Drain old gasoline and replace with fresh gas. According to Craftsman, old gasoline is the number one cause of a lawn tractor not starting the following season. Gasoline has a life span of 30 to 60 days.
Check under the motor for any oil leakage. If there is, check where it is coming from. If it is under the motor, the motor will have to disassembled until you find the problem.
Check the oil filter for any oil leaking. If there, use an oil-filter wrench to off the filter. Replace the filter with a new one, tightening it with the wrench. A new filter for a tractor bought within the last few years can be bought at a local Sears store.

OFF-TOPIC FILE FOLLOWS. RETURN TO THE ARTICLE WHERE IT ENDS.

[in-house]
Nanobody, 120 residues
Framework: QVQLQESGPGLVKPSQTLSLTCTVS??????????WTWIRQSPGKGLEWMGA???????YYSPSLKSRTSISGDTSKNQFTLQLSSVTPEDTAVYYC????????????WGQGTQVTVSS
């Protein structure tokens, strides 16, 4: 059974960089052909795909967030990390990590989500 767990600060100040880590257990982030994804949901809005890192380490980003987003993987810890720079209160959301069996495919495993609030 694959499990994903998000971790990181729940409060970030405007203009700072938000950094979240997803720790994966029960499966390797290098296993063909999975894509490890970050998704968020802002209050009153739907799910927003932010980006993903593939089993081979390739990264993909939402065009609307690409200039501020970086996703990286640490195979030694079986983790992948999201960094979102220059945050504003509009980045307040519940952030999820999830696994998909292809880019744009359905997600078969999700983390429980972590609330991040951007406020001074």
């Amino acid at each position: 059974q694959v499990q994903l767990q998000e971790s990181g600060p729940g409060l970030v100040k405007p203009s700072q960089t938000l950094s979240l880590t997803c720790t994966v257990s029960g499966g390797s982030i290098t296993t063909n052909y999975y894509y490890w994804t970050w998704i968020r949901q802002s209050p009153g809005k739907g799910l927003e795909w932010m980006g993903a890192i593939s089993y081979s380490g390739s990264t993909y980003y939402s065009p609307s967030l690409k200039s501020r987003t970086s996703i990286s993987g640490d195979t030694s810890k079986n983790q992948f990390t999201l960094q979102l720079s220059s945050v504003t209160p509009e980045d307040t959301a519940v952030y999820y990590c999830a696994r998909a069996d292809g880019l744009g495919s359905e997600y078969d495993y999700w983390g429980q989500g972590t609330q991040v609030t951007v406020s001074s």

Inspect the fuel line, a long black hose that runs from the tank to the motor, for any holes. If there is, replace the gas line, which can be found at a local hardware or small-engine repair store. Sears will not carry these.
Check the mower blades under the deck. If the blades are deformed, it can throw the movement under the deck off, causing the tractor to handle weird. Make sure the tractor is off before checking the blades. If they are damaged replace them with new ones bought at a Sears. A wrench, usually a 3/8-inch size, can take the hardware off to replace and attach the new blade.
Check the tires to make sure they are at the optimum pressure in the owner's manual. Under-inflated tires will make the tractor feel sluggish and unresponsive. Optimum pressure is around 30 to 35 lbs.
Things You Will Need
- Owner's manual
- Oil-filter wrench
- New oil filter
- New blades
- If you have questions that are not in the manual, call the Craftsman help line at 1-800-469-4663.